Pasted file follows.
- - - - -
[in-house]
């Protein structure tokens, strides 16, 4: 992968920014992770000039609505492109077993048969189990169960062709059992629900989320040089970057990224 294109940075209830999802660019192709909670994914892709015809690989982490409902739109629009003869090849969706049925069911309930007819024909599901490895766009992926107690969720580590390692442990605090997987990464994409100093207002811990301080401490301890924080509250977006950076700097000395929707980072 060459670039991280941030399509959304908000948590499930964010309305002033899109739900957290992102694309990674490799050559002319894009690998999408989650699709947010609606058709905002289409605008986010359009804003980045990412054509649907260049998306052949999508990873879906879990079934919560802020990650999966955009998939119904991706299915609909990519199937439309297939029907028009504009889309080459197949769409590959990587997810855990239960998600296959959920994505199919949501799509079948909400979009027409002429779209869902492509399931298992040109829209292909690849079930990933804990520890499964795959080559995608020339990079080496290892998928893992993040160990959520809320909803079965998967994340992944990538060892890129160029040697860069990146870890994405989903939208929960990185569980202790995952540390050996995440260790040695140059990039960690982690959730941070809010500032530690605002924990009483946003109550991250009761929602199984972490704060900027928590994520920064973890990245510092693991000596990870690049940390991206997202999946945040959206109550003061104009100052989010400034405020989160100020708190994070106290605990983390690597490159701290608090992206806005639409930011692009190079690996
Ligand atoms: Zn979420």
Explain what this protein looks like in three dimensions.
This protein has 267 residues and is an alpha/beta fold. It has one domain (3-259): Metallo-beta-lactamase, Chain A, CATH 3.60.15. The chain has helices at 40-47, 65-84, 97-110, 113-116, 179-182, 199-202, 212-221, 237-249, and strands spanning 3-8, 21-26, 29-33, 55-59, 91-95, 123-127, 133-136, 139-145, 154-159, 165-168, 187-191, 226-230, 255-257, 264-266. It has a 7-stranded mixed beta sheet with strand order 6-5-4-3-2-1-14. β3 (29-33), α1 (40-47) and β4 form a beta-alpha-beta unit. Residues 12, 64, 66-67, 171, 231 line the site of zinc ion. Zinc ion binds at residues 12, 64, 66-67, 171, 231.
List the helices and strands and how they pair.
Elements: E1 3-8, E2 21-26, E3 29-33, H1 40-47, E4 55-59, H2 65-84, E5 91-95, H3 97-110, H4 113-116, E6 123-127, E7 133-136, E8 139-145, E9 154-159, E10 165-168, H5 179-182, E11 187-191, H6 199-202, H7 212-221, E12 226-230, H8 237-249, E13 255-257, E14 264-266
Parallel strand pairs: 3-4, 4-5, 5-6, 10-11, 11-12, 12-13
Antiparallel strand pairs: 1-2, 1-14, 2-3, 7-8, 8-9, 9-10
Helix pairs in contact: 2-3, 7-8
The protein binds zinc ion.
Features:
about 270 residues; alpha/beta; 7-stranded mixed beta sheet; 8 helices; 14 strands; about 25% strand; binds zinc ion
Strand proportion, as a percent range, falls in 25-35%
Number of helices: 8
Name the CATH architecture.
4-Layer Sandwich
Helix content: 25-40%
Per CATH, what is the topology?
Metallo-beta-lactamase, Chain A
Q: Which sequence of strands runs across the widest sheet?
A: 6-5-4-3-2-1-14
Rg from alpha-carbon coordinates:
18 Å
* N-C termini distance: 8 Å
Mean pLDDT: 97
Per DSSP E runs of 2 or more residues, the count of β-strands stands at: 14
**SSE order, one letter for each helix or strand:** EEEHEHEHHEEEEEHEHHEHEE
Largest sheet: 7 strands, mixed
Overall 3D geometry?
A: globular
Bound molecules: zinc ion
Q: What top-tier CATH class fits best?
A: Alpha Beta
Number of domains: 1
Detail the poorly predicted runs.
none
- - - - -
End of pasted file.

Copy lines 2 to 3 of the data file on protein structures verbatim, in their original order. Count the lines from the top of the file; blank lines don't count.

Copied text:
């Protein structure tokens, strides 16, 4: 992968920014992770000039609505492109077993048969189990169960062709059992629900989320040089970057990224 294109940075209830999802660019192709909670994914892709015809690989982490409902739109629009003869090849969706049925069911309930007819024909599901490895766009992926107690969720580590390692442990605090997987990464994409100093207002811990301080401490301890924080509250977006950076700097000395929707980072 060459670039991280941030399509959304908000948590499930964010309305002033899109739900957290992102694309990674490799050559002319894009690998999408989650699709947010609606058709905002289409605008986010359009804003980045990412054509649907260049998306052949999508990873879906879990079934919560802020990650999966955009998939119904991706299915609909990519199937439309297939029907028009504009889309080459197949769409590959990587997810855990239960998600296959959920994505199919949501799509079948909400979009027409002429779209869902492509399931298992040109829209292909690849079930990933804990520890499964795959080559995608020339990079080496290892998928893992993040160990959520809320909803079965998967994340992944990538060892890129160029040697860069990146870890994405989903939208929960990185569980202790995952540390050996995440260790040695140059990039960690982690959730941070809010500032530690605002924990009483946003109550991250009761929602199984972490704060900027928590994520920064973890990245510092693991000596990870690049940390991206997202999946945040959206109550003061104009100052989010400034405020989160100020708190994070106290605990983390690597490159701290608090992206806005639409930011692009190079690996
Ligand atoms: Zn979420």